Observation 153548: Hebeloma (Fr.) P. Kumm.
When: 2013-11-18

Notes: Growing in a spruce habitat.
Caps up to 8.6 cm across.
Spores ~ 10.9-11.9 X 6.2-7.2 microns and moderately rough. Q(ave) = 1.62.
KOH on cap was brownish.
KOH on cap and stem flesh was orangy-yellow.
They may be a little too old for a good ID.
Could not find any cystidia on the gills?
Spores are a little larger and rougher than the Hebelomas that I’ve checked so far.

Proposed Names

29% (1)
Recognized by sight
57% (1)
Eye3 Eyes3
Recognized by sight
47% (2)
Recognized by sight: whitish bloom on cap, ragged gill edges, size and shape of spores
Used references: Kuo, M. (2012, March). Hebeloma sinapizans sensu A. H. Smith. Retrieved from the MushroomExpert.Com Web site: http://www.mushroomexpert.com/hebeloma_sinapizans.html and Mykoweb

Please login to propose your own names and vote on existing names.

Eye3 = Observer’s choice
Eyes3 = Current consensus


Add Comment
On a macro level
By: Dimitar Bojantchev (dimitar)
2013-11-29 21:47:02 CST (-0500)

On a macro level there are two things that speak Hebeloma:

1) Complete lack of any hanging Cortina on the stipe.
2) Certain furfuraceous ornaments at the top of the stipe

The spores are typical Hebeloma.

I would not rush to put a species name — we have a lot of undescribed material. I do not see H. sinapizans here, I think this material is around the concept of Hebeloma birrus

Here is a similar one that I collect from time to time.


Those are good questions Terri.
By: Ron Pastorino (Ronpast)
2013-11-29 21:27:59 CST (-0500)

When looking for cystidia, I always use Congo Red to stain the sample so that I can see(and photograph) whatever I find.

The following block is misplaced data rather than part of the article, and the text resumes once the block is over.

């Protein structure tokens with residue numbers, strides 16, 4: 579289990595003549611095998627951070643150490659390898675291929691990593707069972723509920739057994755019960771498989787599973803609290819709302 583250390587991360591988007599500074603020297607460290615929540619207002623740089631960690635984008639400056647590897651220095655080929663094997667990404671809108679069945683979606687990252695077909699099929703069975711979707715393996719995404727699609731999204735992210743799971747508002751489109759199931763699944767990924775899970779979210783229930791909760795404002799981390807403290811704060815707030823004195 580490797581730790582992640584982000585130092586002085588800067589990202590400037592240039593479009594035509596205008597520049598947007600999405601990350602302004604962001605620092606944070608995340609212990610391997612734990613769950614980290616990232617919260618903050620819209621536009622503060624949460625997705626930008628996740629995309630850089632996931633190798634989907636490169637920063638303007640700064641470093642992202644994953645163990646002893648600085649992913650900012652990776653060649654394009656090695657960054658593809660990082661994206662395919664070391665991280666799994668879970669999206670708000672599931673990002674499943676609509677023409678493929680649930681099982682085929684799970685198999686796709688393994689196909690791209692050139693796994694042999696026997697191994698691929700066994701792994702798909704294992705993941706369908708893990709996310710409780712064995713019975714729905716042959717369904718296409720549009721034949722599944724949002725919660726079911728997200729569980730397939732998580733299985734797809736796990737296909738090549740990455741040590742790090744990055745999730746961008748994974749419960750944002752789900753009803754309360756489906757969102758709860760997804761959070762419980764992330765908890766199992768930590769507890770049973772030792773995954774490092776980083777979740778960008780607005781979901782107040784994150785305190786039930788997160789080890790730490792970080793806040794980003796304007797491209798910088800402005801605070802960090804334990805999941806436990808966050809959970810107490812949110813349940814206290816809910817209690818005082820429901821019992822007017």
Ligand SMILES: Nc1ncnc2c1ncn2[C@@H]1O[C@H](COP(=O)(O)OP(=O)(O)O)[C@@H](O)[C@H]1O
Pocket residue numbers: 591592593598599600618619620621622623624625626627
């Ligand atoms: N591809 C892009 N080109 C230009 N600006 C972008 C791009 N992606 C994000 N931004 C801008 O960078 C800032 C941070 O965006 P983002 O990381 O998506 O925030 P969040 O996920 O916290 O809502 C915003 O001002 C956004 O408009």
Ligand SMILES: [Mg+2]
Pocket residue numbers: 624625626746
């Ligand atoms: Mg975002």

I’m not sure if the age of the F/B is super important, but I suspect ideally a “middle-aged” or slightly more mature specimen is best.
The presence of cheilocystidia in Hebelomas is one of the distinguishing characteristics that separate them from Cortinarius, although I believe there are a few Corts with cheilocystidia.
The cheilocystidia that Kuo shows looks rather puny and what I saw was equally small, almost like immature basidia. If I had the patience, I would go back and more carefully recheck. However, I trust Dimitar’s judgement and really don’t like Hebelomas (-:!

Seemed like a reasonable proposal
By: Terri Clements/Donna Fulton (pinonbistro)
2013-11-29 19:14:32 CST (-0500)

given macro features and habitat. Not sure about micro. Any chance that the age of the FB’s and/or the fact that the cheilocystidia are hyaline could make it difficult to ID/see them? (If this is a silly question please forgive me as I am trying to learn by keying out obs and proposing names). Also, I see no mention of cheilocystidia in the Mykoweb description for whatever reason but it does say that the gills can appear marginate in older specimens which seems like the case here?

OK Terri, based on the Kuo reference
By: Ron Pastorino (Ronpast)
2013-11-29 18:20:20 CST (-0500)

Hebeloma sinapizans group seems a reasonable ID at this point.
Although I didn’t really think I was seeing Cheilocystidia when I quickly checked, I did see something similar to what Kuo’s photo shows, but not a lot and what I was thinking could be basidioles.

By: Dimitar Bojantchev (dimitar)
2013-11-29 12:19:53 CST (-0500)

We all get fooled often. It is important that your observations are quality enough to help in the correction.

Ouch, when am I going to stop
By: Ron Pastorino (Ronpast)
2013-11-29 10:31:42 CST (-0500)

being fooled by these sneaky devils?!?

By: Dimitar Bojantchev (dimitar)
2013-11-29 00:48:12 CST (-0500)

My dear Ron,

this is Hebeloma — thank you for the great photos.


Created: 2013-11-23 21:09:31 CST (-0500)
Last modified: 2013-11-29 22:42:43 CST (-0500)
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